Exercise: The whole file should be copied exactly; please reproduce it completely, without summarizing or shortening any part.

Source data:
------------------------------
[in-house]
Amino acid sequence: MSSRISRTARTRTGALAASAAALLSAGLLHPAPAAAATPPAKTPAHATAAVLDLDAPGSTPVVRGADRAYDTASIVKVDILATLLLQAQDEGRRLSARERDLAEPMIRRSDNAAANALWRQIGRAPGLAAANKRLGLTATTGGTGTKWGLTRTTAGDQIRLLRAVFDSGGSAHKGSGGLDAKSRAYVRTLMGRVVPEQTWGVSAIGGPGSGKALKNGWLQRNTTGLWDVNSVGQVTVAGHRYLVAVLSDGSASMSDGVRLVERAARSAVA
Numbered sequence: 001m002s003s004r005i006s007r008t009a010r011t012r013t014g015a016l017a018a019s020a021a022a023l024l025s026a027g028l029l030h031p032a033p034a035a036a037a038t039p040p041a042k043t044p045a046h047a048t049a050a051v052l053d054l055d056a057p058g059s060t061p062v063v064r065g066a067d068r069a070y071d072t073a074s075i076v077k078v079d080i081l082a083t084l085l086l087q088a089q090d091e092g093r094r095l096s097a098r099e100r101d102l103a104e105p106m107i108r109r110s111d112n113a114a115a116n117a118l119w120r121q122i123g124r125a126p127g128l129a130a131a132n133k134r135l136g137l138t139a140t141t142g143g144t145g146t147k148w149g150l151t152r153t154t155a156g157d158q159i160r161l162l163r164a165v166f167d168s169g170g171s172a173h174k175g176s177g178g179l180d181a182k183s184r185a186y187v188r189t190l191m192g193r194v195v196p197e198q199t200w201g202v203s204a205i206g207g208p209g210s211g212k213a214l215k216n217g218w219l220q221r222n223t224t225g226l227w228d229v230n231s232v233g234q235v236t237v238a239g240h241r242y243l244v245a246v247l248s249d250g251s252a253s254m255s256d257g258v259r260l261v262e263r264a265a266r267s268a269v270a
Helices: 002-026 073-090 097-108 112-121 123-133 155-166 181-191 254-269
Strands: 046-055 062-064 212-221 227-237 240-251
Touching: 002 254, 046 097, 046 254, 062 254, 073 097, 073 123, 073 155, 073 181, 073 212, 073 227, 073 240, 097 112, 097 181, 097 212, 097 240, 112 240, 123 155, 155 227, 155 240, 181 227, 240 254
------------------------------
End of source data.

[in-house]
Amino acid sequence: MSSRISRTARTRTGALAASAAALLSAGLLHPAPAAAATPPAKTPAHATAAVLDLDAPGSTPVVRGADRAYDTASIVKVDILATLLLQAQDEGRRLSARERDLAEPMIRRSDNAAANALWRQIGRAPGLAAANKRLGLTATTGGTGTKWGLTRTTAGDQIRLLRAVFDSGGSAHKGSGGLDAKSRAYVRTLMGRVVPEQTWGVSAIGGPGSGKALKNGWLQRNTTGLWDVNSVGQVTVAGHRYLVAVLSDGSASMSDGVRLVERAARSAVA
Numbered sequence: 001m002s003s004r005i006s007r008t009a010r011t012r013t014g015a016l017a018a019s020a021a022a023l024l025s026a027g028l029l030h031p032a033p034a035a036a037a038t039p040p041a042k043t044p045a046h047a048t049a050a051v052l053d054l055d056a057p058g059s060t061p062v063v064r065g066a067d068r069a070y071d072t073a074s075i076v077k078v079d080i081l082a083t084l085l086l087q088a089q090d091e092g093r094r095l096s097a098r099e100r101d102l103a104e105p106m107i108r109r110s111d112n113a114a115a116n117a118l119w120r121q122i123g124r125a126p127g128l129a130a131a132n133k134r135l136g137l138t139a140t141t142g143g144t145g146t147k148w149g150l151t152r153t154t155a156g157d158q159i160r161l162l163r164a165v166f167d168s169g170g171s172a173h174k175g176s177g178g179l180d181a182k183s184r185a186y187v188r189t190l191m192g193r194v195v196p197e198q199t200w201g202v203s204a205i206g207g208p209g210s211g212k213a214l215k216n217g218w219l220q221r222n223t224t225g226l227w228d229v230n231s232v233g234q235v236t237v238a239g240h241r242y243l244v245a246v247l248s249d250g251s252a253s254m255s256d257g258v259r260l261v262e263r264a265a266r267s268a269v270a
Helices: 002-026 073-090 097-108 112-121 123-133 155-166 181-191 254-269
Strands: 046-055 062-064 212-221 227-237 240-251
Touching: 002 254, 046 097, 046 254, 062 254, 073 097, 073 123, 073 155, 073 181, 073 212, 073 227, 073 240, 097 112, 097 181, 097 212, 097 240, 112 240, 123 155, 155 227, 155 240, 181 227, 240 254